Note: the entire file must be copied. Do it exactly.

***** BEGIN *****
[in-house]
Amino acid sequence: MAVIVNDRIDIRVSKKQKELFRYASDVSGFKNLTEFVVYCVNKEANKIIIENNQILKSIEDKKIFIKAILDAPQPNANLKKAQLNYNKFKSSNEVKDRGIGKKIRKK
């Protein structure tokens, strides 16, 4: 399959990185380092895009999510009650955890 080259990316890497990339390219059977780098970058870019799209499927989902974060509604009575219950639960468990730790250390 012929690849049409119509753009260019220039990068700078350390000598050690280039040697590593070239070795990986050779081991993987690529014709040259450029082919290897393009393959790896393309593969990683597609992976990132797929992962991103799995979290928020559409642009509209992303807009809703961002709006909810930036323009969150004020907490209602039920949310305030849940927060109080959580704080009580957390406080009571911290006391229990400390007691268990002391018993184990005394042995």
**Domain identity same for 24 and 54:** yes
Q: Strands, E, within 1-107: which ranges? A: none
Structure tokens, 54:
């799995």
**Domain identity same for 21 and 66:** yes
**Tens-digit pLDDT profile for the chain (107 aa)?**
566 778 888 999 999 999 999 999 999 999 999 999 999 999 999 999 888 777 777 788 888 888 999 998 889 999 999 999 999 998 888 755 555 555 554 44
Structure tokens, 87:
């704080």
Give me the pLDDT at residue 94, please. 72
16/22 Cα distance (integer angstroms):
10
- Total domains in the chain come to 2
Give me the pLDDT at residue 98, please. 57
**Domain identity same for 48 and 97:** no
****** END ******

[in-house]
Amino acid sequence: MAVIVNDRIDIRVSKKQKELFRYASDVSGFKNLTEFVVYCVNKEANKIIIENNQILKSIEDKKIFIKAILDAPQPNANLKKAQLNYNKFKSSNEVKDRGIGKKIRKK
């Protein structure tokens, strides 16, 4: 399959990185380092895009999510009650955890 080259990316890497990339390219059977780098970058870019799209499927989902974060509604009575219950639960468990730790250390 012929690849049409119509753009260019220039990068700078350390000598050690280039040697590593070239070795990986050779081991993987690529014709040259450029082919290897393009393959790896393309593969990683597609992976990132797929992962991103799995979290928020559409642009509209992303807009809703961002709006909810930036323009969150004020907490209602039920949310305030849940927060109080959580704080009580957390406080009571911290006391229990400390007691268990002391018993184990005394042995």
**Domain identity same for 24 and 54:** yes
Q: Strands, E, within 1-107: which ranges? A: none
Structure tokens, 54:
């799995």
**Domain identity same for 21 and 66:** yes
**Tens-digit pLDDT profile for the chain (107 aa)?**
566 778 888 999 999 999 999 999 999 999 999 999 999 999 999 999 888 777 777 788 888 888 999 998 889 999 999 999 999 998 888 755 555 555 554 44
Structure tokens, 87:
């704080």
Give me the pLDDT at residue 94, please. 72
16/22 Cα distance (integer angstroms):
10
- Total domains in the chain come to 2
Give me the pLDDT at residue 98, please. 57
**Domain identity same for 48 and 97:** no